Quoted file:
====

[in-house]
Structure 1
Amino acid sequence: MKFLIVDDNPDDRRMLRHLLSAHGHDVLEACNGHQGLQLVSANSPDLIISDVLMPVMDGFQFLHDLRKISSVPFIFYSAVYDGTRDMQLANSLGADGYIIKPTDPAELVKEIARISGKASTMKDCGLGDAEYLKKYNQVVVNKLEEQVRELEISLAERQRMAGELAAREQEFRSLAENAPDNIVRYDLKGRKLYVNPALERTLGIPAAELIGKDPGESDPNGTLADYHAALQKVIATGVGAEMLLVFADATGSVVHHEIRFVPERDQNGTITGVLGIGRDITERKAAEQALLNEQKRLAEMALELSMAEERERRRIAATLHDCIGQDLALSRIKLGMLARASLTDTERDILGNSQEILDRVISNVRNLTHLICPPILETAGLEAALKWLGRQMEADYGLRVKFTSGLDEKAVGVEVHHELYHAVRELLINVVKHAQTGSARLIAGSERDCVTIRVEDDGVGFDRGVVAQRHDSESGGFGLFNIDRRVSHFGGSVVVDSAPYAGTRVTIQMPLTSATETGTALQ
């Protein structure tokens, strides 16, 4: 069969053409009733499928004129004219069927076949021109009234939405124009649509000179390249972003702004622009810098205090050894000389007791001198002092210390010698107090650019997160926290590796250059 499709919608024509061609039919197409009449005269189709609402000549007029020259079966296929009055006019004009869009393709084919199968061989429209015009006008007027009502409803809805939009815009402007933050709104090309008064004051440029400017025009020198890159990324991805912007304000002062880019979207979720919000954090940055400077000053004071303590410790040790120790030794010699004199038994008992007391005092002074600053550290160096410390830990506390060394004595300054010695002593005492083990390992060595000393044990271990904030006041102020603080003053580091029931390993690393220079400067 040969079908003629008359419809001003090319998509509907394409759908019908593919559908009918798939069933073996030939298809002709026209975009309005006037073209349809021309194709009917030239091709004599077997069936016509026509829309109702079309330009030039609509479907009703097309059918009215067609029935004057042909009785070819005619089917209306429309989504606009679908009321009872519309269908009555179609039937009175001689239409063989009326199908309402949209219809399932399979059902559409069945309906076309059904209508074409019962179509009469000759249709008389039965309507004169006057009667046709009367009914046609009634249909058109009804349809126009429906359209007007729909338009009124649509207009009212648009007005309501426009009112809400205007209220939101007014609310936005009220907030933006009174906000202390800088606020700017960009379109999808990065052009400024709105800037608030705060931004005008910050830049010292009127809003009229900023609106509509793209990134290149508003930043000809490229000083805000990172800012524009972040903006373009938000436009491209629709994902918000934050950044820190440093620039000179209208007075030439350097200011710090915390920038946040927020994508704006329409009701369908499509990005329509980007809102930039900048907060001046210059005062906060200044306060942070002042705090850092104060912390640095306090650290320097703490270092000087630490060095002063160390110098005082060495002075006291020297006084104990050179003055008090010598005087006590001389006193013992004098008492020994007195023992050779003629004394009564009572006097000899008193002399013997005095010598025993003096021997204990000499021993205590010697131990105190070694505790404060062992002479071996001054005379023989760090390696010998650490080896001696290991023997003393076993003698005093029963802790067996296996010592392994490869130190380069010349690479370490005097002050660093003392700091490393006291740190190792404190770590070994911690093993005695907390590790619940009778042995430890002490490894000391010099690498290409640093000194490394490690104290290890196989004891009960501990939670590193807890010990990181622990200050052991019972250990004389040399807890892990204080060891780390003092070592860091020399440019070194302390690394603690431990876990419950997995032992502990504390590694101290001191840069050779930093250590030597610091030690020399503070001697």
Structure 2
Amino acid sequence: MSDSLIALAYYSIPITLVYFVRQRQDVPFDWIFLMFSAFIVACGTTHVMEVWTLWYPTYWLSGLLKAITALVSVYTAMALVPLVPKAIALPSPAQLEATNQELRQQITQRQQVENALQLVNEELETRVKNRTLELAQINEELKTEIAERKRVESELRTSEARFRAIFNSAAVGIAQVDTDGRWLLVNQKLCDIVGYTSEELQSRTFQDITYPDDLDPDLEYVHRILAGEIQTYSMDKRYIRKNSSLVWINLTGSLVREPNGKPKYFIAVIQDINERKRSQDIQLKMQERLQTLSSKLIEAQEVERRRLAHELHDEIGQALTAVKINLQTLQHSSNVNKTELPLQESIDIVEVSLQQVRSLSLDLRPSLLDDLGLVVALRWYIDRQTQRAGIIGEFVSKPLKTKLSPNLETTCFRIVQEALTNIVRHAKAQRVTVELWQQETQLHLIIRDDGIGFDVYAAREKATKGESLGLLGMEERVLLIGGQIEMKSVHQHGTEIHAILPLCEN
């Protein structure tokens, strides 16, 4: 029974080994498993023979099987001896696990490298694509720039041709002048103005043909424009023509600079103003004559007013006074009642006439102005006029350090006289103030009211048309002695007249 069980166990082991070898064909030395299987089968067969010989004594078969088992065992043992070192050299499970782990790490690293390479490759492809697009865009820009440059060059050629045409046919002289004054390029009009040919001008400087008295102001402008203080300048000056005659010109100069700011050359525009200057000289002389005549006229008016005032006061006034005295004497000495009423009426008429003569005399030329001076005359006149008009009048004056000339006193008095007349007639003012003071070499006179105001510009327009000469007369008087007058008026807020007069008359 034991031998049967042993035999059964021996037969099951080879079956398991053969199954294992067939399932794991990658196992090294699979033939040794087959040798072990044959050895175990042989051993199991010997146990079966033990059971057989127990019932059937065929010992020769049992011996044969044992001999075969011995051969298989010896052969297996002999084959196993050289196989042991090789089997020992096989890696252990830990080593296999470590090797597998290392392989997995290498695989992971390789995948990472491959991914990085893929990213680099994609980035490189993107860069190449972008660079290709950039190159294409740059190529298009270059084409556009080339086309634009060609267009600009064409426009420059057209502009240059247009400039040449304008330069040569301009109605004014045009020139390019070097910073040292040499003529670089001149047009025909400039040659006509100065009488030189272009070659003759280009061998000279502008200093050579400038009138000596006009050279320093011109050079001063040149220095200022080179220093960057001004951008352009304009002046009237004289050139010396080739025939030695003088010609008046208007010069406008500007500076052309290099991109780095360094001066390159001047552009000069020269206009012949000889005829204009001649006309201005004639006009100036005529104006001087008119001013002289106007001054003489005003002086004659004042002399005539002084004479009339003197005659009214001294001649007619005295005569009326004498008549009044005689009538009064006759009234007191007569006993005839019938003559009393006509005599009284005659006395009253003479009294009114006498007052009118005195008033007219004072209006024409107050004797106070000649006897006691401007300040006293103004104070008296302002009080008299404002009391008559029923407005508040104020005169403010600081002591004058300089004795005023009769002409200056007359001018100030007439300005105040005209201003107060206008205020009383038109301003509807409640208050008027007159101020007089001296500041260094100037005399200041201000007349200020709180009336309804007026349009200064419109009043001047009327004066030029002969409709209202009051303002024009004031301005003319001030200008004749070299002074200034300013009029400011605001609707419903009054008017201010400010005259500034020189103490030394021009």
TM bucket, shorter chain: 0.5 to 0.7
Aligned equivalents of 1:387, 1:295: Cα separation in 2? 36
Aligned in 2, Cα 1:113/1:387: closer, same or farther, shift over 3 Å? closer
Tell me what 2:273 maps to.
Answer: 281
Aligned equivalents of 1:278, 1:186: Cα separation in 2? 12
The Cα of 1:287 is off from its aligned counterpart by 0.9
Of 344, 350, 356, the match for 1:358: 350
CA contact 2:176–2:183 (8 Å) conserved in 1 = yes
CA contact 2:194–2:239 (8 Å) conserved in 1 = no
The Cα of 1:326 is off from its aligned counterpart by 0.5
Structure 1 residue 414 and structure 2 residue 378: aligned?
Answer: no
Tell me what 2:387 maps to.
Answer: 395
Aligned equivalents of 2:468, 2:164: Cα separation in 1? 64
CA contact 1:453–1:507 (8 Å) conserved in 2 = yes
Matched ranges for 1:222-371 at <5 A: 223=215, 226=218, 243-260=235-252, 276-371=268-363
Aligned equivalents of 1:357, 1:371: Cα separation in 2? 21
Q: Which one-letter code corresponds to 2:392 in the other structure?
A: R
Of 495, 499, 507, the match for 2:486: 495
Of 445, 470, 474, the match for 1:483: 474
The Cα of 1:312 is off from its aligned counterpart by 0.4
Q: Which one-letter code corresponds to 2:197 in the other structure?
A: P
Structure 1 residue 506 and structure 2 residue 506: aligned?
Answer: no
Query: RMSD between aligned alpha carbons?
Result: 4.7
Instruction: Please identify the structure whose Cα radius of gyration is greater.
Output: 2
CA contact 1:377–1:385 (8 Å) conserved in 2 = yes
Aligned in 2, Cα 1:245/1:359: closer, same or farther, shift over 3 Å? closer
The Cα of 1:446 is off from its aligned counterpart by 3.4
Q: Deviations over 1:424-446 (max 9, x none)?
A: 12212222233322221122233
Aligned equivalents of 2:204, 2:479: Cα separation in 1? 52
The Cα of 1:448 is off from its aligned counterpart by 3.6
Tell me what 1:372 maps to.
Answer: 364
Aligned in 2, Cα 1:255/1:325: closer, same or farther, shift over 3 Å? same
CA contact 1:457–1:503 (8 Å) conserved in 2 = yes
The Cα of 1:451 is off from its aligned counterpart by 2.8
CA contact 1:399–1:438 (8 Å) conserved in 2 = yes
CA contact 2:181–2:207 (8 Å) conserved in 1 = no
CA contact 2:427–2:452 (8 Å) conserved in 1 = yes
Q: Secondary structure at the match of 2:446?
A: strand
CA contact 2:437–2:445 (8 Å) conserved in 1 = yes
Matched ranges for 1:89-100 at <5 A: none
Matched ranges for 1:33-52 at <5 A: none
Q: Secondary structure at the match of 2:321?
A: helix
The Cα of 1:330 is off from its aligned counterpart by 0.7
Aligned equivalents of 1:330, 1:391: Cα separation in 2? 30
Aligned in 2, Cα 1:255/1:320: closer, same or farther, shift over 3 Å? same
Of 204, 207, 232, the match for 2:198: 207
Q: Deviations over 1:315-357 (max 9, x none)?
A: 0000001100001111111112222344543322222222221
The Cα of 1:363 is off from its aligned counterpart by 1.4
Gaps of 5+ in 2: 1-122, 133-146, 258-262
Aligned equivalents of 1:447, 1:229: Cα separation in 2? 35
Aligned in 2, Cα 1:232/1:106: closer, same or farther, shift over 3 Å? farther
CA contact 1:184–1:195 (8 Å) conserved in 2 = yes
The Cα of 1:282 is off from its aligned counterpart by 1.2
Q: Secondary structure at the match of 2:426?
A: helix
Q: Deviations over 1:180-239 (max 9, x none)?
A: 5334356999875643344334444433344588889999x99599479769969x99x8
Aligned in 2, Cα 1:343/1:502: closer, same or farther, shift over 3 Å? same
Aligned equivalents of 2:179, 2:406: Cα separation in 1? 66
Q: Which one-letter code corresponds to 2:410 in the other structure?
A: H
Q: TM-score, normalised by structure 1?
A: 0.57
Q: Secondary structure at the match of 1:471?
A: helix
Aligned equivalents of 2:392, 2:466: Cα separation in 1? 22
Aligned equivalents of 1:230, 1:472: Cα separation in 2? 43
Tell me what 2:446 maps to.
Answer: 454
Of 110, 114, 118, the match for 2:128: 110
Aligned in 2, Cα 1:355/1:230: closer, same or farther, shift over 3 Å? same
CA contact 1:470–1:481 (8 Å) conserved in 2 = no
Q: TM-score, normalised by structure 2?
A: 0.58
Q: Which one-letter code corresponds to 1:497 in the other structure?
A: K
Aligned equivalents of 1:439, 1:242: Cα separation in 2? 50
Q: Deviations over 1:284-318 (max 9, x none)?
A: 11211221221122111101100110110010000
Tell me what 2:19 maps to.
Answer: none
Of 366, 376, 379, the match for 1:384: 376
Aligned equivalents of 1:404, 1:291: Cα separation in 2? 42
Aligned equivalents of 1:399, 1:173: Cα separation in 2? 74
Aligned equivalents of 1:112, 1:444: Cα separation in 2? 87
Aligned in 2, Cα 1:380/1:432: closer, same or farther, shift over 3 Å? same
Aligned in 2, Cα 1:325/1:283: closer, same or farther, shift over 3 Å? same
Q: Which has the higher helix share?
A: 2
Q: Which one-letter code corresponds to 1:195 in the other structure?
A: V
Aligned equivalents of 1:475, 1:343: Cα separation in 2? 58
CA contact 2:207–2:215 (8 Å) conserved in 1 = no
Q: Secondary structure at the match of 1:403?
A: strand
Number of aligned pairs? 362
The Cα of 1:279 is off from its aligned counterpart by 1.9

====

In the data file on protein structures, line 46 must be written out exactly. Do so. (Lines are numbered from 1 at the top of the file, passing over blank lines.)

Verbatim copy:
The Cα of 1:448 is off from its aligned counterpart by 3.6